Understanding biological processes in the minimal genome

Functional categories were assigned to 31 proteins that had previously been classified with Unclear biological process. The majority of the proteins with a newly assigned functional category were predicted to have transporter functions, with 24 proteins added to the 84 already assigned to this functional category (Fig. 8a). Further, one protein (MMSYN1_0033) was assigned to the cytosolic metabolism category, three to the preservation of genetic information category (MMSYN1_0005, MMSYN1_0239, MMSYN1_0353), and three to the expression of genetic information category (MMSYN1_0615, MMSYN1_0730, MMSYN1_0873) (Fig. 8a).

Fig. 8

Functional annotations of the minimal bacterial genome. The number of proteins in each of the a protein biological process categories (light and dark purple indicate initial and final categories, respectively). b Specificity classes is shown with the original minimal genome annotation and the annotations identified here. c Shows the change in specificity classes, coloured based on the original specificity class. Results for each initial specificity class are represented by a different colour: beige for the Hypothetical specificity class, orange–General, light brown–Specific and dark brown–Highly specific

Overall, while functional annotations have been inferred for a considerable proportion of the proteins of unknown function, the biological process for 48 proteins remains unknown (i.e., in the Unclear category; Fig. 8a). For 32 of these proteins, a molecular function was assigned such as Cof-like hydrolase, ATPase AAA family, or DNA-binding protein HU, but there was insufficient information to assign a functional category. The remaining sixteen proteins lack functional information and are classified as hypothetical. These proteins do not contain any known domains or transmembrane helices, none have orthologues in other kingdoms of life and only a few within bacteria. Either these are species-specific proteins that perform an important function within Mycobacteria or they have diverged significantly such that sequence relationships are not detected.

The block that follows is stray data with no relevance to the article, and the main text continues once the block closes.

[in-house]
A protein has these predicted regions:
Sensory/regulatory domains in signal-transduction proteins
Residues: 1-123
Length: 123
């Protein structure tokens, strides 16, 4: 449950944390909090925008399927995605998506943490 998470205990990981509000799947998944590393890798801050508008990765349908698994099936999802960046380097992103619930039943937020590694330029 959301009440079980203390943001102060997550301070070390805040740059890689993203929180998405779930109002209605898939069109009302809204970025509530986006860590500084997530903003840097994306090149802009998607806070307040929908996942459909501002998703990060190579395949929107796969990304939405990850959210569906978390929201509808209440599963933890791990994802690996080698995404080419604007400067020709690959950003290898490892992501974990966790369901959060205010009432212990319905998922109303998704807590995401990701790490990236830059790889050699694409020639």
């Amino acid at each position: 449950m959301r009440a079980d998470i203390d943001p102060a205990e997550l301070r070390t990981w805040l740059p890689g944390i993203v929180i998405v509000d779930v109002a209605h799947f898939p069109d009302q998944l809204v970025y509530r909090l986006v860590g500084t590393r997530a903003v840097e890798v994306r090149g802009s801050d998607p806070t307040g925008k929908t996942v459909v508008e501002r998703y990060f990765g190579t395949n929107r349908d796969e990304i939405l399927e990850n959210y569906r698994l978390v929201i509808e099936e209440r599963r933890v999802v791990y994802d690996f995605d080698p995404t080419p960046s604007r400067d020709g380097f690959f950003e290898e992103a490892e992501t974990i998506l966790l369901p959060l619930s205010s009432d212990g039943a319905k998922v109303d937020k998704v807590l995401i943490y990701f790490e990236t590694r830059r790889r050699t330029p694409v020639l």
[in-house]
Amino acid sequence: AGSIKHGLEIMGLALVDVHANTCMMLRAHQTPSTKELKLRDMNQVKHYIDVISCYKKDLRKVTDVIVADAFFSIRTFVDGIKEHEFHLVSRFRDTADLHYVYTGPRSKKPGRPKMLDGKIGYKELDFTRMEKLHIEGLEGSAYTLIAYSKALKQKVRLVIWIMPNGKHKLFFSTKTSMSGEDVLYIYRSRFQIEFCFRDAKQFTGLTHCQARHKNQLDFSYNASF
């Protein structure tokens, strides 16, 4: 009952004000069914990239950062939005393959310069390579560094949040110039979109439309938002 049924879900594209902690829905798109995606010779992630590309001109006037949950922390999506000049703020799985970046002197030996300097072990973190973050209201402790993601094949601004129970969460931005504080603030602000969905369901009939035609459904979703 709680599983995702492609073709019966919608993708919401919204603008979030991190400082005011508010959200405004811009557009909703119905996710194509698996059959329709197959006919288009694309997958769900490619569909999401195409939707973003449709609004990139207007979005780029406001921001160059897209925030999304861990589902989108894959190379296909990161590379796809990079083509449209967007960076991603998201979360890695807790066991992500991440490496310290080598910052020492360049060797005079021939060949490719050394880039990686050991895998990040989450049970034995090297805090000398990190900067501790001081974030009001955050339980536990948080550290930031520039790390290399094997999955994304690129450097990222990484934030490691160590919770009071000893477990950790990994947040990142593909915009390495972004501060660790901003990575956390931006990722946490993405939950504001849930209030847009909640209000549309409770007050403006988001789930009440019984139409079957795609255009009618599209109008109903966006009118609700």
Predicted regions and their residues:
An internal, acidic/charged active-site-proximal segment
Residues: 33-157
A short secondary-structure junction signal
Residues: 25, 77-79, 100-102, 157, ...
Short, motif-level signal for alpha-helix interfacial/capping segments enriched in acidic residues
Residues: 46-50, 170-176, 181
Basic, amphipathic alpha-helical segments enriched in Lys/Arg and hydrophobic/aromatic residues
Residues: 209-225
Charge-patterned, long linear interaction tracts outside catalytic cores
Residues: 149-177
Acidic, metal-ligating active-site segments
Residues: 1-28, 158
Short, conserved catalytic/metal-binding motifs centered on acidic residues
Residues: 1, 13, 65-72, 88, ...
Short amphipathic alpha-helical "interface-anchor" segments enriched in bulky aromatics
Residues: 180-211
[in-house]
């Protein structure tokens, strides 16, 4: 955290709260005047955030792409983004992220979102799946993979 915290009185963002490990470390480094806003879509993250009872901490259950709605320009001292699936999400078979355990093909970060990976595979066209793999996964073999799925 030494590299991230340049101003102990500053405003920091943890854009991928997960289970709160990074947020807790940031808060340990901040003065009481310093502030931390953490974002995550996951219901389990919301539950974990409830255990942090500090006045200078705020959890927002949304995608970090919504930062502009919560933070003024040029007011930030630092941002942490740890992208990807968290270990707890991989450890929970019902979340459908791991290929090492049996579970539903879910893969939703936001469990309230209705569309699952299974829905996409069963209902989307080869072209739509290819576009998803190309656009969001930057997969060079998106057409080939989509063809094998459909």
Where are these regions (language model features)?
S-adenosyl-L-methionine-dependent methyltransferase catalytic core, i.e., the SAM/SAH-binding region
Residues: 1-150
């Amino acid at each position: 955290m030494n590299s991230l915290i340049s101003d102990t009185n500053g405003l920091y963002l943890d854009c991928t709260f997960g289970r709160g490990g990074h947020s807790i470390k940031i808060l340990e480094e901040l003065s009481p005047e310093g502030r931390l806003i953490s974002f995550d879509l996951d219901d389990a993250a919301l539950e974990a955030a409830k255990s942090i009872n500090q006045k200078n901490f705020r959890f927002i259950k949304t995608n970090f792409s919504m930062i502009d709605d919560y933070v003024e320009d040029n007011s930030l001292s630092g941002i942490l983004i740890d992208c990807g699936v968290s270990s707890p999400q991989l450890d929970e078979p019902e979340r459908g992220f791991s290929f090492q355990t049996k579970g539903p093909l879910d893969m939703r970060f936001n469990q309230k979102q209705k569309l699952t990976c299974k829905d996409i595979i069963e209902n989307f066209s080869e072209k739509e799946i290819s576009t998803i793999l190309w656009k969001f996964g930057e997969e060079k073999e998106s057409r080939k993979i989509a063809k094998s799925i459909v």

Newly assigned functions indicate transporters

Transmembrane helices were identified in 41% (61) of the proteins of unknown function (Fig. 2 and Supplementary Data File 4). Fifteen transmembrane proteins, which were not categorised as transporters, were annotated with functions in cell division (1), chromosome segregation (1) and proteolysis (4), while the biological process remained unknown for nine. Our analysis suggests that 46 of the 61 predicted transmembrane proteins are likely to be responsible for membrane transport (Supplementary Data File 4, S6). Of the 46, 23 were previously annotated by Hutchison et al. with a range of transporter functions (e.g., ABC transporters, S component of ECF transporters), all of which were further supported by our analysis. A further 15 proteins that lack transmembrane domains were also associated with transport functions, e.g., ATP-binding units of ABC transporters, 14 of them were identified by Hutchison et al.1.

Of the 24 newly proposed transporters (previously hypothetical or with minimal information, e.g., membrane protein), six gained specific transporter functions. All six were previously classed as membrane proteins and have now been annotated as transporters; one hexose phosphate transport protein (MMSYN1_0881), one ABC transporter (MMSYN1_0411), one S component of an ECF transporter (MMSYN1_0877), and three belonging to the Major facilitator superfamily (MMSYN1_0235, MMSYN1_0325, MMSYN1_0478) (Supplementary Data Files 16, 8). The remaining 18 proteins annotated as transporters (general specificity level) had previously either been annotated as membrane or hypothetical proteins. Results from a few methods (with high scores–Fig. 9) indicate that they are transporters but it was not possible to assign them to a specific family/type of transporter or to identify a substrate.

Fig. 9